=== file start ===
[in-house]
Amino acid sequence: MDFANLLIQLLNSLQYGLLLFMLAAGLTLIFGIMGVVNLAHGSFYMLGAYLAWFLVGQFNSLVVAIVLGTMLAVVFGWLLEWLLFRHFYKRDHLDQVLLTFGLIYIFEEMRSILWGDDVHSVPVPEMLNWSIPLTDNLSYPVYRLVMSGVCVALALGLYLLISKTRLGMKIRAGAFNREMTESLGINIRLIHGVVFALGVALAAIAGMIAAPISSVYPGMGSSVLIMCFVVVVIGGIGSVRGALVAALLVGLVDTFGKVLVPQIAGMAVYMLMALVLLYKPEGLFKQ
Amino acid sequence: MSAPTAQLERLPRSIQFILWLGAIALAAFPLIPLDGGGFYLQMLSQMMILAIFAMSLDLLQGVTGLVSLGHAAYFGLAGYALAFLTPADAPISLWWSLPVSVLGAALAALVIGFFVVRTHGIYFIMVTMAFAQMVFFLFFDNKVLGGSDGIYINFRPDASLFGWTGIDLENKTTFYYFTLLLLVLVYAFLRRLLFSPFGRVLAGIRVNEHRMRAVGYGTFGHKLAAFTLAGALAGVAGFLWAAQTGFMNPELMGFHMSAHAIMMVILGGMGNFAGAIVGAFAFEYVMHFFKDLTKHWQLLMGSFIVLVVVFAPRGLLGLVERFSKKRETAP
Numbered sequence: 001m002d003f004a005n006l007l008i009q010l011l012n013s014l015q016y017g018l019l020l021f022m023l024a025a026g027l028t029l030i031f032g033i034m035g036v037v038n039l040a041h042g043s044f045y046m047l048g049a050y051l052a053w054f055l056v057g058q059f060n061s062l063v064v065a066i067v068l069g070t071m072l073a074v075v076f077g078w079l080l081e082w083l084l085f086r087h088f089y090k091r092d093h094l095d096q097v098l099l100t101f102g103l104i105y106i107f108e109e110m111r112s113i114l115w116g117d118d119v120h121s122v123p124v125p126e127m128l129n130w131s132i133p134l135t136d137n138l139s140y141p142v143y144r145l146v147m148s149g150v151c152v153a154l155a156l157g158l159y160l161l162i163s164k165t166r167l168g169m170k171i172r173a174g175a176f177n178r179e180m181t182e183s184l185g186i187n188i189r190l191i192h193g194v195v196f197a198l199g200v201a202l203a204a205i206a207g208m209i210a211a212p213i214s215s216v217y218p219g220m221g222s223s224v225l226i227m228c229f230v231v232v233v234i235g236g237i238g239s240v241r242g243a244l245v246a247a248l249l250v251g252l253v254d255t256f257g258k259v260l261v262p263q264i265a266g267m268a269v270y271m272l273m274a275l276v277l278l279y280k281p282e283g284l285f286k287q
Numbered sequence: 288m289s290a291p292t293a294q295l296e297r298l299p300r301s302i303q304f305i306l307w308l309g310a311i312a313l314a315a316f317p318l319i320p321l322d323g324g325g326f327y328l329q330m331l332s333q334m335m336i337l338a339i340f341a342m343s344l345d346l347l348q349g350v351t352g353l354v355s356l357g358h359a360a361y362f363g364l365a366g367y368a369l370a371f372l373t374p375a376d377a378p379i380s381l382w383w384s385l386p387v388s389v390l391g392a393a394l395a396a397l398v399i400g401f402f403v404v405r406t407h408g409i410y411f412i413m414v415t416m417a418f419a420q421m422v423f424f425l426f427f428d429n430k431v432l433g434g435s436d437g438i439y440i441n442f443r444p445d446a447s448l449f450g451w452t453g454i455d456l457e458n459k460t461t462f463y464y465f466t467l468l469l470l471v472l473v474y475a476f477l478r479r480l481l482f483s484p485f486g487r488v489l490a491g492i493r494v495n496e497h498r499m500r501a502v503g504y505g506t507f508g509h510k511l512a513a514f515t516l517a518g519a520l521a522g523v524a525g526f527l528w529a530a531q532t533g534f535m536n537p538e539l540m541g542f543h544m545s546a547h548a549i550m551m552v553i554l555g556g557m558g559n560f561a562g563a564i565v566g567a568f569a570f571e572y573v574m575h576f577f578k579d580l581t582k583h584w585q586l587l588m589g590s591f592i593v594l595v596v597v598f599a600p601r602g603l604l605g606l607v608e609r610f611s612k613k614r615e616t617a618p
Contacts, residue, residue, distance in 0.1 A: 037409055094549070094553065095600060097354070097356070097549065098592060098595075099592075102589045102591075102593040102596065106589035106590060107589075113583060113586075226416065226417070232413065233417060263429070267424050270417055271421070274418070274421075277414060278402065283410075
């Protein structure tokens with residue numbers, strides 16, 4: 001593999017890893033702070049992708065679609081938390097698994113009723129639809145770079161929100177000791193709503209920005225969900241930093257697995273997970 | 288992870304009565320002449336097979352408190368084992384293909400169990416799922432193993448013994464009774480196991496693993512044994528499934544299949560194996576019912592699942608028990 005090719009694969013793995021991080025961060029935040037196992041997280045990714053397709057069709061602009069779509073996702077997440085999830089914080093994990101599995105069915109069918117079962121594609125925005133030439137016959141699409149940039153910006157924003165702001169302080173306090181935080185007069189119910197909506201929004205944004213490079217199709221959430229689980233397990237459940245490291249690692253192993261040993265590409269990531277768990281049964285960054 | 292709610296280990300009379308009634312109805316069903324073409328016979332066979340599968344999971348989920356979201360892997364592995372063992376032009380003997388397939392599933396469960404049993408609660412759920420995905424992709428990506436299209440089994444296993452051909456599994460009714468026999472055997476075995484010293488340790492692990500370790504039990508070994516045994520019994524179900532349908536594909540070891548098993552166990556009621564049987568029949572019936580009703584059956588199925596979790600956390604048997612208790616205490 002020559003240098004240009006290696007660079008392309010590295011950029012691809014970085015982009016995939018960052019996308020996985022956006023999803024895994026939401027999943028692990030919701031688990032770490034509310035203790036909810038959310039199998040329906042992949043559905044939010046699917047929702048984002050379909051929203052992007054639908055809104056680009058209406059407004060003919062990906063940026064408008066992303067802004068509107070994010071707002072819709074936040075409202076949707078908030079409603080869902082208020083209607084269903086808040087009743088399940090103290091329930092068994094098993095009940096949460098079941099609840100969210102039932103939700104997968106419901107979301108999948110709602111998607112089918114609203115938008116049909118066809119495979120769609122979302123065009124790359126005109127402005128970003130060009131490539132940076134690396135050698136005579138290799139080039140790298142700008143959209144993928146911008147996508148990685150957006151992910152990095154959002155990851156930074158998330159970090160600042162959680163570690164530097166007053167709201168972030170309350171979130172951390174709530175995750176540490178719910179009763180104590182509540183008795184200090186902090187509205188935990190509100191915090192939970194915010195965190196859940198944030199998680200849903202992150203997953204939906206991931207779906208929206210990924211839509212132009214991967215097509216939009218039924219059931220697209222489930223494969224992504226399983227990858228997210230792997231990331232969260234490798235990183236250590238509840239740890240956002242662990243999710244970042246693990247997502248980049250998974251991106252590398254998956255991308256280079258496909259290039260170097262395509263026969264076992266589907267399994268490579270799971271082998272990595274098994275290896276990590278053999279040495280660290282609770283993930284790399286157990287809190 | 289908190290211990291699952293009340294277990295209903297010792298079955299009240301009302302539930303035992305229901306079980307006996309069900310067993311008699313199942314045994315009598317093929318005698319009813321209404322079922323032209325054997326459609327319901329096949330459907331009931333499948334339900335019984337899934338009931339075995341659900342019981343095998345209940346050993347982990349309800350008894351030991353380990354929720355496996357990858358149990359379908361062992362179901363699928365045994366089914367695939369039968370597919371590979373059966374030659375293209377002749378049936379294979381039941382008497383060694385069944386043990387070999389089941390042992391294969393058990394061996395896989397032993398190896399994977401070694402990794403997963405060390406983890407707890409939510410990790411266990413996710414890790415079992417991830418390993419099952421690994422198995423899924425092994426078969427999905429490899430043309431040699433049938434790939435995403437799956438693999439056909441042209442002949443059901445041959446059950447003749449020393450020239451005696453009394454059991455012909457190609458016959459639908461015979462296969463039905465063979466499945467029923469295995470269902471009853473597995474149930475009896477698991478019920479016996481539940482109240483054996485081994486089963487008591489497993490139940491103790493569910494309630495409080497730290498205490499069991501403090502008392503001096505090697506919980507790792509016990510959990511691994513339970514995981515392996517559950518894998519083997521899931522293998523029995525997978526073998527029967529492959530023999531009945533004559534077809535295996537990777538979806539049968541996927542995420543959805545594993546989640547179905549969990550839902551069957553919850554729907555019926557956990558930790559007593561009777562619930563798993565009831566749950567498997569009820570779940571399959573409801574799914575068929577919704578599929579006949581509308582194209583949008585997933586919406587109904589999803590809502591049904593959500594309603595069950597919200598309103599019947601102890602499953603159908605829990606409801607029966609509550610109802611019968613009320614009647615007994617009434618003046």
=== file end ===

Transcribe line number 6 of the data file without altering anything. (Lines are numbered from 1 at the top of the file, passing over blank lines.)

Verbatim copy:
Contacts, residue, residue, distance in 0.1 A: 037409055094549070094553065095600060097354070097356070097549065098592060098595075099592075102589045102591075102593040102596065106589035106590060107589075113583060113586075226416065226417070232413065233417060263429070267424050270417055271421070274418070274421075277414060278402065283410075